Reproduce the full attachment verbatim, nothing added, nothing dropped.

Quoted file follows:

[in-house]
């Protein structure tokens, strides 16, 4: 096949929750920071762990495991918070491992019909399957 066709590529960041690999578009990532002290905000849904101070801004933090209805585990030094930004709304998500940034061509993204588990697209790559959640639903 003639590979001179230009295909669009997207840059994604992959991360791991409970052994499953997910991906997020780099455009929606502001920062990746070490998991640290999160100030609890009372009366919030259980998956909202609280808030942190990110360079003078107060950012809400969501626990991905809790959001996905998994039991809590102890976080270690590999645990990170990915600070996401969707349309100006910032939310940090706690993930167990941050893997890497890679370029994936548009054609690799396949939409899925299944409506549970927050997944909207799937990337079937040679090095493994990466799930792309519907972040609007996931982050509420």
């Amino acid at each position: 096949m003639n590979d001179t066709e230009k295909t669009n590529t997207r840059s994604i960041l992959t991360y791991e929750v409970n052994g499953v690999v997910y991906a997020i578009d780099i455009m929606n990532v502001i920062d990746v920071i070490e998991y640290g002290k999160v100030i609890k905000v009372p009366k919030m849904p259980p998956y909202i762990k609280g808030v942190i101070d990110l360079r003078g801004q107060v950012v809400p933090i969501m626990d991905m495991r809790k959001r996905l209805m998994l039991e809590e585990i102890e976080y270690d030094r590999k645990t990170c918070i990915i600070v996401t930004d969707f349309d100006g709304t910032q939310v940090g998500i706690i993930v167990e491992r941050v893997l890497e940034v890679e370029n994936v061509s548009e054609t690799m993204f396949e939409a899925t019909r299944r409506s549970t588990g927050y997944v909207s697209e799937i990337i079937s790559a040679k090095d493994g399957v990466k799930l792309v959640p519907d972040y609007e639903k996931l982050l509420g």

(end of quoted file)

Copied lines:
[in-house]
């Protein structure tokens, strides 16, 4: 096949929750920071762990495991918070491992019909399957 066709590529960041690999578009990532002290905000849904101070801004933090209805585990030094930004709304998500940034061509993204588990697209790559959640639903 003639590979001179230009295909669009997207840059994604992959991360791991409970052994499953997910991906997020780099455009929606502001920062990746070490998991640290999160100030609890009372009366919030259980998956909202609280808030942190990110360079003078107060950012809400969501626990991905809790959001996905998994039991809590102890976080270690590999645990990170990915600070996401969707349309100006910032939310940090706690993930167990941050893997890497890679370029994936548009054609690799396949939409899925299944409506549970927050997944909207799937990337079937040679090095493994990466799930792309519907972040609007996931982050509420």
């Amino acid at each position: 096949m003639n590979d001179t066709e230009k295909t669009n590529t997207r840059s994604i960041l992959t991360y791991e929750v409970n052994g499953v690999v997910y991906a997020i578009d780099i455009m929606n990532v502001i920062d990746v920071i070490e998991y640290g002290k999160v100030i609890k905000v009372p009366k919030m849904p259980p998956y909202i762990k609280g808030v942190i101070d990110l360079r003078g801004q107060v950012v809400p933090i969501m626990d991905m495991r809790k959001r996905l209805m998994l039991e809590e585990i102890e976080y270690d030094r590999k645990t990170c918070i990915i600070v996401t930004d969707f349309d100006g709304t910032q939310v940090g998500i706690i993930v167990e491992r941050v893997l890497e940034v890679e370029n994936v061509s548009e054609t690799m993204f396949e939409a899925t019909r299944r409506s549970t588990g927050y997944v909207s697209e799937i990337i079937s790559a040679k090095d493994g399957v990466k799930l792309v959640p519907d972040y609007e639903k996931l982050l509420g």